Picture this: It’s Friday at 3:30 p.m., and your boss sends an email to “Meet in the conference room for a brainstorm and bring your best stuff!”
So, you and your coworkers head to the conference room, and your boss comes in to get started. “As you all know, we work with Starbucks, and we need your help coming up with a new flavor of coffee. And go….everyone call out some ideas.”
Some people start calling out ideas, talking over one another. Others start scribbling in notebooks or typing on their laptops. The boss writes some ideas on the white board and then thanks everyone for their time.
Have you ever been in a brainstorm like that? What happens to those ideas? Are they executable in any way? Did everyone even participate?
You don’t have to settle for meetings like this — there’s a better way to brainstorm. At Abel, we call it an Innovation Lab. Next time you are in need of creative ideas and new approaches, try implementing some of the below strategies into your brainstorm.
Encourage Creative Behaviors and Expansive Thinking
Start with group exercises to help everyone get in the right mindset and encourage playfulness. These exercises also help tap into the hidden parts of our brains to unleash big ideas and bring them to life. For example, one person in the group pretends to be a funeral director for expired fashion trends and is interviewed by the other members of the group. Sounds silly, but that’s the point: getting your mind to a place where you can share ideas even if they might seem crazy or impossible.
During a brainstorm, you want the group’s thinking to be big and expansive, and to create a collaborative environment for everyone in the room. Not restrictive, not reductive. You don’t want to hear any “No, because” statements, only “Yes, and.” The team can dissect the ideas you come up with at another time, so even if you know you can’t execute something for a practical reason, you can set that aside during the brainstorm. Why? It’s easy to make a big idea smaller, but it’s not as easy to make a small idea big.
Engage Everyone on the Team
Since teams are often made up of both introverts and extraverts, as well as people with different learning styles, it’s important to employ different methods to engage everyone in a brainstorm session. At Abel, we typically break teams out into small groups of four, with one member acting as a moderator to focus on listening and ensuring ideas are fully understood and built out.
Each group records their ideas in a T-Sheet format, a system that includes a catchy title, a three-to-four-sentence description, and a drawing to illustrate the idea. Although it sounds simple, this format results in recording each idea in multiple ways, which helps people of different learning styles remember the ideas.
Employ Lateral Thinking Tools
A successful brainstorm will begin with a challenge question (the problem you’re trying to solve) and include success criteria, so the group understands what they are trying to accomplish.
Once the challenge question and success criteria are established, you can conduct some exercises to help the group gain lateral thinking tools. Lateral thinking refers to the ability to “think outside the box” to come up with creative solutions in a non-linear way. It may be surprising, but sometimes your own expertise and experience is your single biggest barrier to innovation.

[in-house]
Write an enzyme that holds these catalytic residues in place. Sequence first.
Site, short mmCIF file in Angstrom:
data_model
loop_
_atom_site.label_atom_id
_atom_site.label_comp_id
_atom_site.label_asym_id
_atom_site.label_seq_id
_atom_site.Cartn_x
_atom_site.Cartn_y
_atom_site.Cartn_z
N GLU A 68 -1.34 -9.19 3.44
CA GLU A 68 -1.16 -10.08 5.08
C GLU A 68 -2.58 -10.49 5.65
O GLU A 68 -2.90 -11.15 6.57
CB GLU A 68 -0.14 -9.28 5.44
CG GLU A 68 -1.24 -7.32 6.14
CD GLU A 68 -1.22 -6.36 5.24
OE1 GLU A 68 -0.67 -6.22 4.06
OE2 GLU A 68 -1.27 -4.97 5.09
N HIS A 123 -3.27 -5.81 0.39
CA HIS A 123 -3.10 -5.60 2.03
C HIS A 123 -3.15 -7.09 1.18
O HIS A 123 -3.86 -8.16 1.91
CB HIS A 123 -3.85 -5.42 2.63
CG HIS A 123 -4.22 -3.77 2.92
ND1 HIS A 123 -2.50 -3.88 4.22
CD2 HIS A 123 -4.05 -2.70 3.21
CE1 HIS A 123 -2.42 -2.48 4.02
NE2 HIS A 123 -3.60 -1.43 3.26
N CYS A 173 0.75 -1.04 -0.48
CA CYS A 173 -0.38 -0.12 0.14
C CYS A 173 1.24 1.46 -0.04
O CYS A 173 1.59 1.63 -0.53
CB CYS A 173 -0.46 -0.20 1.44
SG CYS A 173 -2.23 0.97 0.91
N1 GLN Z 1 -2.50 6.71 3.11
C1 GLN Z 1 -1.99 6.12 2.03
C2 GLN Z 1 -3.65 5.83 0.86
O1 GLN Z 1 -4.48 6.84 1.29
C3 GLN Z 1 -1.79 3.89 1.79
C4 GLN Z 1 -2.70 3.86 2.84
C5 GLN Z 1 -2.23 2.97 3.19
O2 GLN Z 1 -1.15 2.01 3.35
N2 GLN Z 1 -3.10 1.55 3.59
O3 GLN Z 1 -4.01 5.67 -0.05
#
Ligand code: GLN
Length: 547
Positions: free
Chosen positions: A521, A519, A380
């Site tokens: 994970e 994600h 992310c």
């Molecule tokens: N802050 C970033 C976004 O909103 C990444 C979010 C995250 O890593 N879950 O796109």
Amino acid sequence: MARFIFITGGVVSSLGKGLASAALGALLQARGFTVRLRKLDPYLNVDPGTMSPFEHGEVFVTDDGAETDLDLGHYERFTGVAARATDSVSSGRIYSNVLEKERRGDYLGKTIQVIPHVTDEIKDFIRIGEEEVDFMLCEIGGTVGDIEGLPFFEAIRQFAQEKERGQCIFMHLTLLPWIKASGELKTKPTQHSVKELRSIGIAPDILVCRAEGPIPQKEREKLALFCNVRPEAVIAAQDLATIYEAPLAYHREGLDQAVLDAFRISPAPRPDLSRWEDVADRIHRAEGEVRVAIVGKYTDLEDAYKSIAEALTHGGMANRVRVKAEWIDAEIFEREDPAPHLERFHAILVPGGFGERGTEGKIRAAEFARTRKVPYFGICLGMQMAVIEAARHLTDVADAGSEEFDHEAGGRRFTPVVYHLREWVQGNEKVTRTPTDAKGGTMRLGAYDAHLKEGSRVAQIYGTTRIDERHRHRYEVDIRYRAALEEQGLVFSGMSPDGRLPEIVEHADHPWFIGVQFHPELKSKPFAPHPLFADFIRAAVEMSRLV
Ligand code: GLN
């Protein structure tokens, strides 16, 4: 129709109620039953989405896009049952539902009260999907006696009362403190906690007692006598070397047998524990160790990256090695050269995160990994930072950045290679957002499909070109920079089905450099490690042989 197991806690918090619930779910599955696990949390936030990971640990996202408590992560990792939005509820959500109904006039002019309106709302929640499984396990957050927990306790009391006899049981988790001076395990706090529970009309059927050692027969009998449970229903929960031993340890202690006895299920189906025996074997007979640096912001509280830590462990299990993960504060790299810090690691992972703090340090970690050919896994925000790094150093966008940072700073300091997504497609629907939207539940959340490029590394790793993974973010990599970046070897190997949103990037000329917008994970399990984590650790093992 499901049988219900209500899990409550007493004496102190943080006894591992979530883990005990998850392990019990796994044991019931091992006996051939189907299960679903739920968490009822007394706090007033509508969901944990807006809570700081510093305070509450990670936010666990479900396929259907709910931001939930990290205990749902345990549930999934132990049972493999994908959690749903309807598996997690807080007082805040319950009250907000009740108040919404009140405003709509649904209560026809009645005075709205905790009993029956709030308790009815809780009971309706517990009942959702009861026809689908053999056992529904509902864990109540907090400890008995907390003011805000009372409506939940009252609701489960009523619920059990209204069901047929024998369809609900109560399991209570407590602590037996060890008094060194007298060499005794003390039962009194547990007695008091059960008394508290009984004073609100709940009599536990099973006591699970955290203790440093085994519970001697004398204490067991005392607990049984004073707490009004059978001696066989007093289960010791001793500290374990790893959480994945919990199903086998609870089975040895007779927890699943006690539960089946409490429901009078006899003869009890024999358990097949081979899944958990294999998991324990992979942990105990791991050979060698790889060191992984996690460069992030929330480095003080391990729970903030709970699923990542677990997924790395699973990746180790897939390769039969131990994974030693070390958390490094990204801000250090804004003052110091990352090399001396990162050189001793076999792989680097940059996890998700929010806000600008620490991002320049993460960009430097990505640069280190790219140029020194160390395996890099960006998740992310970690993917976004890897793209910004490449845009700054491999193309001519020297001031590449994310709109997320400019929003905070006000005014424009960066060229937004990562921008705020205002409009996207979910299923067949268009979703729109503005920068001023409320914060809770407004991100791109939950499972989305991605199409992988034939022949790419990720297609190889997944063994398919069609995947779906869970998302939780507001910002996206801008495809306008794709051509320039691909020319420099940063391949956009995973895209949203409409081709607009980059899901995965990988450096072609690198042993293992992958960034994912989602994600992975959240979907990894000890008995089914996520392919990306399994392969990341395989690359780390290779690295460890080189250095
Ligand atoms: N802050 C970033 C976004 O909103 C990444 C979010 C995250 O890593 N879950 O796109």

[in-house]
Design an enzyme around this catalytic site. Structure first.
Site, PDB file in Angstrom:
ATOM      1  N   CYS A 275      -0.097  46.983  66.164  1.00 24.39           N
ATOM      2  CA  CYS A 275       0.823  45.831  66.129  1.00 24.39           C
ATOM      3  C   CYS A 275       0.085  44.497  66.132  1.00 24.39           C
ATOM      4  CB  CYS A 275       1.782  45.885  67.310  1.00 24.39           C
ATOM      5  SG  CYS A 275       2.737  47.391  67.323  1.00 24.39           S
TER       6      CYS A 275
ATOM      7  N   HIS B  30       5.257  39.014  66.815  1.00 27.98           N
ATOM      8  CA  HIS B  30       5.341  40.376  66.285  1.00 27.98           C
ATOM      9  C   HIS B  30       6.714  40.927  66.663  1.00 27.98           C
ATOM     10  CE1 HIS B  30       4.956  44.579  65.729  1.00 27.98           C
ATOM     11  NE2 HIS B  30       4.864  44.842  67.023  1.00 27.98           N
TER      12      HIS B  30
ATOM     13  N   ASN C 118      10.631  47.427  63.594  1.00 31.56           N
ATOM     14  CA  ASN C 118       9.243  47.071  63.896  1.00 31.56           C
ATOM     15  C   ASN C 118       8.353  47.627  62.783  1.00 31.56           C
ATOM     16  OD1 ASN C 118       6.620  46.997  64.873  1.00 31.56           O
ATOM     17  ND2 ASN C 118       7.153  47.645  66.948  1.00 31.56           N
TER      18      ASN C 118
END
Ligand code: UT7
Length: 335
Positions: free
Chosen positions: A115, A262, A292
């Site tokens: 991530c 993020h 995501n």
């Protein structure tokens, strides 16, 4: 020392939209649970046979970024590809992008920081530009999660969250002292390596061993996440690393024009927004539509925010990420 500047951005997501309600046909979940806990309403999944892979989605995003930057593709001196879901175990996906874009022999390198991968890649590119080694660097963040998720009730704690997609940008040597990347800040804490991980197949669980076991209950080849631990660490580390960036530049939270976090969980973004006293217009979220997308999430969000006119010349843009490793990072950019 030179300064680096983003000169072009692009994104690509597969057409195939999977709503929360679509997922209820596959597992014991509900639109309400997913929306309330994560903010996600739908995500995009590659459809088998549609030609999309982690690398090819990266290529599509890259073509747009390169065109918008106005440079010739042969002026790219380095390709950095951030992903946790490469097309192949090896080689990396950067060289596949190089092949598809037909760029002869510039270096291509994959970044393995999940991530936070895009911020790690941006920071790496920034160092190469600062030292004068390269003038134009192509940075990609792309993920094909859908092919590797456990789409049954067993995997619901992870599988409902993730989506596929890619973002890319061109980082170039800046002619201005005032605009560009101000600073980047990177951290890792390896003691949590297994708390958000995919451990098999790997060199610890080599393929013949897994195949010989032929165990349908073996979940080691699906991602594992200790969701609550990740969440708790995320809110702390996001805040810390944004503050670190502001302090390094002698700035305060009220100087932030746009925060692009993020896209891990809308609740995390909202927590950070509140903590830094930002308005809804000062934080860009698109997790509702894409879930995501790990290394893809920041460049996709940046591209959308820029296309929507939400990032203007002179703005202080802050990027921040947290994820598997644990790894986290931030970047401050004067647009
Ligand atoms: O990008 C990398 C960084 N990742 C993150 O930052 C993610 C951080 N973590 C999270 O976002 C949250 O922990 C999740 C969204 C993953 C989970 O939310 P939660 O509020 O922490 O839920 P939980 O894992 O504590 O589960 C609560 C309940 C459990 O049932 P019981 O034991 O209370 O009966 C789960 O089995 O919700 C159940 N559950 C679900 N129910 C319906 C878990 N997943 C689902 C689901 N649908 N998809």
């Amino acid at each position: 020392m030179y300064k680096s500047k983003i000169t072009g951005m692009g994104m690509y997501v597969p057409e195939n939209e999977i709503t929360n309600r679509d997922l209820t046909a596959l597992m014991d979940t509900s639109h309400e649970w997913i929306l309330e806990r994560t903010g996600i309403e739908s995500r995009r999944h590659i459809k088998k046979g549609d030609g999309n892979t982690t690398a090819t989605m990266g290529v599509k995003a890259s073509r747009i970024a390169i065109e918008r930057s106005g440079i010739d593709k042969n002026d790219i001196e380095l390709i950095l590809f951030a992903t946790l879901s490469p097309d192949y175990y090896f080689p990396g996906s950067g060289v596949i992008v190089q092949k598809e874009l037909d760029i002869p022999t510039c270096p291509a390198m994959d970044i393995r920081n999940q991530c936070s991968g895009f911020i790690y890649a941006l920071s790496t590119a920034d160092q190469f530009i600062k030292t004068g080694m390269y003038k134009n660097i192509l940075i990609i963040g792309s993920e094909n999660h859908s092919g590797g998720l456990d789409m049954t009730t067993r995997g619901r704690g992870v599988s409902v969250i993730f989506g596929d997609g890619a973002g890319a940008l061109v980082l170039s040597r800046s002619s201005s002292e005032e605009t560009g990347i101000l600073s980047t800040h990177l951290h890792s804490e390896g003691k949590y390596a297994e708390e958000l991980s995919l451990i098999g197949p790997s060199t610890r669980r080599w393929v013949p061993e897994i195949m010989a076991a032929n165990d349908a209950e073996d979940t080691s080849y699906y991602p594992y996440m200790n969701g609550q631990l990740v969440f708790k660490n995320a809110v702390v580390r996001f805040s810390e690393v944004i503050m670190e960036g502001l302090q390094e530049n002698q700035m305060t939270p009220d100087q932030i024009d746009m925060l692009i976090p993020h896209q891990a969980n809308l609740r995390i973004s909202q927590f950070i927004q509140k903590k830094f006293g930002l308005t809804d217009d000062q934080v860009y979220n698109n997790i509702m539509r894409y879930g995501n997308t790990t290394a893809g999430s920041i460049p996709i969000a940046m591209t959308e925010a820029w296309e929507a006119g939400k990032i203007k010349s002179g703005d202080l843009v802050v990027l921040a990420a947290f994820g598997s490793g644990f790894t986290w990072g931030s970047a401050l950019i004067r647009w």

For example, in most workplace scenarios, a senior employee with 20 years of experience will have advantage because of their deep knowledge and expertise. But brainstorms are different. What about that brand new employee who’s new to the industry? They could throw out ideas and ask questions that are simple, yet brilliant.
Lateral thinking tools can help erase our preconceived notions (if only for the moment) to help us tap into our creativity and come up with the next BIG IDEA.
Activate Your Big Ideas
Once the group has generated a good amount of ideas, it’s time to choose the top ones. The next step is the selection process. One way to do this is to employ the passion-meter, a method for participants to vote on the ideas they are most passionate about.
You can hang your T-Sheets generated earlier in the workshop randomly around a room. Participants take some time to walk around and review the ideas, and then they put stickers on the back of the three ideas they like the best.
Tonja Paylor, Director of Marketing and Communications at Medstar Montgomery Medical Center, invited Abel to facilitate an Innovation Lab to help her team come up with new strategies promote the hospital’s OB/GYN practice as a world-class service.
“What I liked about [the Innovation Lab] most is that through this approach we started with what we wanted the end result to be,” she said. “Rather than looking through the lens of where we are today, we were able to look at the future state of where we want to be as a company. And from there we came up with limitless possibilities. It was a great way to brainstorm, because we didn’t go in feeling like we had constraints. True innovation is that; it’s coming up with ideas that maybe don’t even exist today. It definitely helped us free our thinking and broaden our approach to new ideas.”
Is your organization facing a challenge or opportunity that needs an innovative idea? Drop me a line at email@example.com to see if an Abel Innovation Lab is right for you.